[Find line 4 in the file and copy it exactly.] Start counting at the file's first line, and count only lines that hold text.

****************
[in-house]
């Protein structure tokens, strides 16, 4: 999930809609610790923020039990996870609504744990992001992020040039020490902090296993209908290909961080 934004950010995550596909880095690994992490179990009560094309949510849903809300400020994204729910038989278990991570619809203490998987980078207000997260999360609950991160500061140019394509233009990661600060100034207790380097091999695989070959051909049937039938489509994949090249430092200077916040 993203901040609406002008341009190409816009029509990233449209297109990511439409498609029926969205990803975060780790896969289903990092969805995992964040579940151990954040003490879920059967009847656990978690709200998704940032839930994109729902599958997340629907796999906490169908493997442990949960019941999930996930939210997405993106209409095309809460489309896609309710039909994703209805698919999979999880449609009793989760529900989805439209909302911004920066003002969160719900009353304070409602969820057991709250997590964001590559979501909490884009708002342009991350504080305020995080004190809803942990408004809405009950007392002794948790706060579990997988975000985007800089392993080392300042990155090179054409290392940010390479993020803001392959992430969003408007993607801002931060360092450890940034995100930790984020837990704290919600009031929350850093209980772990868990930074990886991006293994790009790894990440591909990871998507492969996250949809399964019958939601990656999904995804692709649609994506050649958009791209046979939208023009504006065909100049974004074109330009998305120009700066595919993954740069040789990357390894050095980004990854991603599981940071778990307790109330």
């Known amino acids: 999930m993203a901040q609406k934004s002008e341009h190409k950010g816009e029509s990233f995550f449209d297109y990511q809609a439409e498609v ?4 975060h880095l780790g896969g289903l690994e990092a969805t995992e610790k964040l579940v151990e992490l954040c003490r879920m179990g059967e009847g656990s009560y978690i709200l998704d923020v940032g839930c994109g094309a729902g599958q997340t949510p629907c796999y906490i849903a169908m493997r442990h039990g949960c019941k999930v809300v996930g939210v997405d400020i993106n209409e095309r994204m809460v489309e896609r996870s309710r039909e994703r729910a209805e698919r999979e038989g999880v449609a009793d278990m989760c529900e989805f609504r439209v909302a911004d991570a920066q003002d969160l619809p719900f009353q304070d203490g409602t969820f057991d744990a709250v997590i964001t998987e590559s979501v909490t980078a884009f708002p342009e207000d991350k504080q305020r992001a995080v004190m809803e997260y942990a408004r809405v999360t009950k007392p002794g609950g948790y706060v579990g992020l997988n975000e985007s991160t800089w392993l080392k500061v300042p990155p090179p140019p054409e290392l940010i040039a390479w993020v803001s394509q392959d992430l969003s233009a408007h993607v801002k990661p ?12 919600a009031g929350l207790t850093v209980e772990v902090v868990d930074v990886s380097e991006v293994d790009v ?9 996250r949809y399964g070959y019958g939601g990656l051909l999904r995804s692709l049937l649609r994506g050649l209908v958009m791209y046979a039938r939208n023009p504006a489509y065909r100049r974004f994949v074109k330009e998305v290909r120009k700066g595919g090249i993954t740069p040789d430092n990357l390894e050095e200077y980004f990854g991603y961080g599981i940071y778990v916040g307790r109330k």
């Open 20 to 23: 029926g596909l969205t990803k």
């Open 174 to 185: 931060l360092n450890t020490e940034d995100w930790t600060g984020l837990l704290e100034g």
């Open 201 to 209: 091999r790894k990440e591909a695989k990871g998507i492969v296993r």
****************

């Open 20 to 23: 029926g596909l969205t990803k």